Women's Murder Club Box Set, Volume 1 Audio CD – Audiobook, Large Print, Unabridged
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"Now, for the first time, the first three books in this series are available in an audio box set that will delight fans of the series, as well as anyone intrigued by thrilling mystery stories that feature strong women characters."...
Large Print Reviews
About the Author
James Patterson has had more New York Times bestsellers than any other writer, ever, according to Guinness World Records. Since his first novel won the Edgar Award in 1977 James Patterson's books have sold more than 300 million copies. He is the author of the Alex Cross novels, the most popular detective series of the past twenty-five years, including Kiss the Girls and Along Came a Spider. He writes full-time and lives in Florida with his family.
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The first story in this collection is '1st To Die' which introduces Lindsay Boxer and the Women's Murder Club. Lindsay is a San Francisco homicide Inspector and she has been put on a case where a married couple were killed on the evening of their wedding. Lindsay is partnered with a man from the mayor's office, Chris Raleigh, and on the same day discovers she has an unusual blood disorder which is potentially fatal. Lindsay's energy is directed toward the investigation as well as her health and as she investigates the first murder and another two 'bride and groom' killings she finds herself drawn into a group of other women for support - Cindy Thomas, a reporter; Claire Washburn, a medical examiner; and Jill Bernhardt, an assistant DA.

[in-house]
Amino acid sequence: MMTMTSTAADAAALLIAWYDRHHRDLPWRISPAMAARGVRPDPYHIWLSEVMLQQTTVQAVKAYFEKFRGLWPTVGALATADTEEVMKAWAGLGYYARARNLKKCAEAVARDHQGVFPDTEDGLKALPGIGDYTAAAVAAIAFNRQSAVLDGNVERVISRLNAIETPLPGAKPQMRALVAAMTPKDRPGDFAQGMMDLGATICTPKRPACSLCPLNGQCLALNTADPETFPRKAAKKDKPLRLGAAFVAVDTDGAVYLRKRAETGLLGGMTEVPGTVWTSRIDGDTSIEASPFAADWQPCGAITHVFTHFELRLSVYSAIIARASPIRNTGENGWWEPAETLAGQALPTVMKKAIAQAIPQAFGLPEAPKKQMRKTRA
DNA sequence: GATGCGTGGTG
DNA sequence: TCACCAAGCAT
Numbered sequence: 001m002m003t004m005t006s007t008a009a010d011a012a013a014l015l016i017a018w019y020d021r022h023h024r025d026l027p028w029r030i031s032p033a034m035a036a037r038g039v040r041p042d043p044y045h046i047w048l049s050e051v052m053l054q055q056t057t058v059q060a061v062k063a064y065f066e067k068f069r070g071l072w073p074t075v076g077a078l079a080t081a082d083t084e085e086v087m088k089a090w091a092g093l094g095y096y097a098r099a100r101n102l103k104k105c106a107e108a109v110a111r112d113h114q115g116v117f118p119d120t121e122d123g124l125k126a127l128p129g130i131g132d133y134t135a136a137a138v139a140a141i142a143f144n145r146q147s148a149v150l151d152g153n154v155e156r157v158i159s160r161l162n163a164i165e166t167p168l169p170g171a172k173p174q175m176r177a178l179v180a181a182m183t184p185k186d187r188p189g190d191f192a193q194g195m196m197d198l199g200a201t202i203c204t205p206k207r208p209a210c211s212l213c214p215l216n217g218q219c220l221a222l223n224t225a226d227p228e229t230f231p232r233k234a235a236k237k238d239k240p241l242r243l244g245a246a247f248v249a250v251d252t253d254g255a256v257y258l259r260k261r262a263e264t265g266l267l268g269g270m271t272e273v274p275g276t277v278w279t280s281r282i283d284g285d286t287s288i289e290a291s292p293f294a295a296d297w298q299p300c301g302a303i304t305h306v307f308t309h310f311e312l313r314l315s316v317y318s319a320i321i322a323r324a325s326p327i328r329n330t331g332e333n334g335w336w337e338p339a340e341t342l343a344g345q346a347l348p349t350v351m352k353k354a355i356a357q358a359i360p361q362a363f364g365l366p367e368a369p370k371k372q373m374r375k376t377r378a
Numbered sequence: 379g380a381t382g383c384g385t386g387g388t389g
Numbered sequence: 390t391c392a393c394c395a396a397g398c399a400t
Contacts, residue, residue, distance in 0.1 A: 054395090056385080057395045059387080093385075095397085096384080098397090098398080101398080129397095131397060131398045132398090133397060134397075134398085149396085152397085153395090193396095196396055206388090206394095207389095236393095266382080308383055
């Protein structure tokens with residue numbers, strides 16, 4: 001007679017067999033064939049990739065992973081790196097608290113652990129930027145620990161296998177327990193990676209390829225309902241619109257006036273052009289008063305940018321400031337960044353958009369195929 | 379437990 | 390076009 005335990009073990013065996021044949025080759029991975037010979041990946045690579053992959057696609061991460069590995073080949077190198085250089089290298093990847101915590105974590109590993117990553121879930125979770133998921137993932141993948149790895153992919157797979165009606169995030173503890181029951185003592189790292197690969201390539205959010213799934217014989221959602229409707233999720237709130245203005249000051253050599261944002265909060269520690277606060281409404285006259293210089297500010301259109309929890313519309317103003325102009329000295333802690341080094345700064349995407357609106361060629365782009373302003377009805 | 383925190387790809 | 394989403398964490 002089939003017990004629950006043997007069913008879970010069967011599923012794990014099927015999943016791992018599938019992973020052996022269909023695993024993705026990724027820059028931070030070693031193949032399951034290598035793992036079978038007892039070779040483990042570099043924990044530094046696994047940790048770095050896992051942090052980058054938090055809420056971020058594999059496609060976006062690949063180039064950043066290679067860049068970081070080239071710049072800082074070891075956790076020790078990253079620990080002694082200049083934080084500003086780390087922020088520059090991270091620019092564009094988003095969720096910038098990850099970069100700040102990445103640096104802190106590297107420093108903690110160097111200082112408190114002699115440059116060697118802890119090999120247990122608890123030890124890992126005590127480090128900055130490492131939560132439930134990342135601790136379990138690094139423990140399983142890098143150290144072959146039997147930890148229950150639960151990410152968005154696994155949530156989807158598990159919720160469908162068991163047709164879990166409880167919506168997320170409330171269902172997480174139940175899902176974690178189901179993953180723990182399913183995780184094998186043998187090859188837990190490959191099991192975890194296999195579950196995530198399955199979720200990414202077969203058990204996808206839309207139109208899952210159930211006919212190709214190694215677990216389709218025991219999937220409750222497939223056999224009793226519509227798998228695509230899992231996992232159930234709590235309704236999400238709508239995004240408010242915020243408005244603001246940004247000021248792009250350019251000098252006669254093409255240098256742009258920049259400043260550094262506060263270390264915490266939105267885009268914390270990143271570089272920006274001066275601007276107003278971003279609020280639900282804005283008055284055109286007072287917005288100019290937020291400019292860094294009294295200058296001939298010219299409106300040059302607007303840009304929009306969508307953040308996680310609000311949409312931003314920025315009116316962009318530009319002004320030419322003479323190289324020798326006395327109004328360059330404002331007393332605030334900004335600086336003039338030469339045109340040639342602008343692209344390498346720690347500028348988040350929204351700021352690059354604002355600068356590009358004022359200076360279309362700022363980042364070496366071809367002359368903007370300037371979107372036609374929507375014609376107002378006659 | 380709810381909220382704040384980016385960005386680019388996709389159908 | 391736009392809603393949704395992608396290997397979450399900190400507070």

The book seemed to draw to a conclusion fairly early but then there were several twists which made the story move in new directions. The interactions between Lindsay and Chris Raleigh were well written, as were Lindsay's moments of emotion as she battles her disease and tries to get to the bottom of the murders. However there were some rather cringe-worthy moments when the girls seemed to have to say "I love you" to each other, as well as having to be vastly successful and feisty as well as in touch with their femininity. Those who like to read more about the murder scenes might find this story a disappointment as it seems to be more about Lindsay and her feelings than detective work. I also felt that the 'baddie' seemed rather comic-book bad and his behaviour at the very end of the story was rather implausible. Still I enjoyed the story and this new series of characters.
The narrator of this story did a good job but sometimes her voice became so quiet that it was difficult to hear over road noise when driving and listening, which is probably how many people will hear this story. In order to hear the quiet sections the volume had to be raised rather more than I would like for the louder sections. However this was an excellent audiobook and whiled away a long journey very effectively!
2ND CHANCE - 3 Stars
This is the second story in the series and follows on a couple of months after the shocking conclusion to the previous book. In this story Lindsay Boxer, newly promoted to Lieutenant, finds herself investigating some race hate crimes. She discovers fairly quickly that the crimes are being committed by a person who is part of a specific white group with an identifying tattoo - but it proves very difficult to pin down exactly who he is. When he starts toying with Lindsay and the police department, including killing someone close to her as well as attacking her friends, the stakes are even higher.
There are some additional side-plots in this story, including the return of Lindsay's father into her life, some significant events in Jill Bernhardt's life and a romance for Cindy Thomas. As in the previous book, the Women's Murder Club seems a rather unnecessary plot device where Lindsay talks over the case with her friends.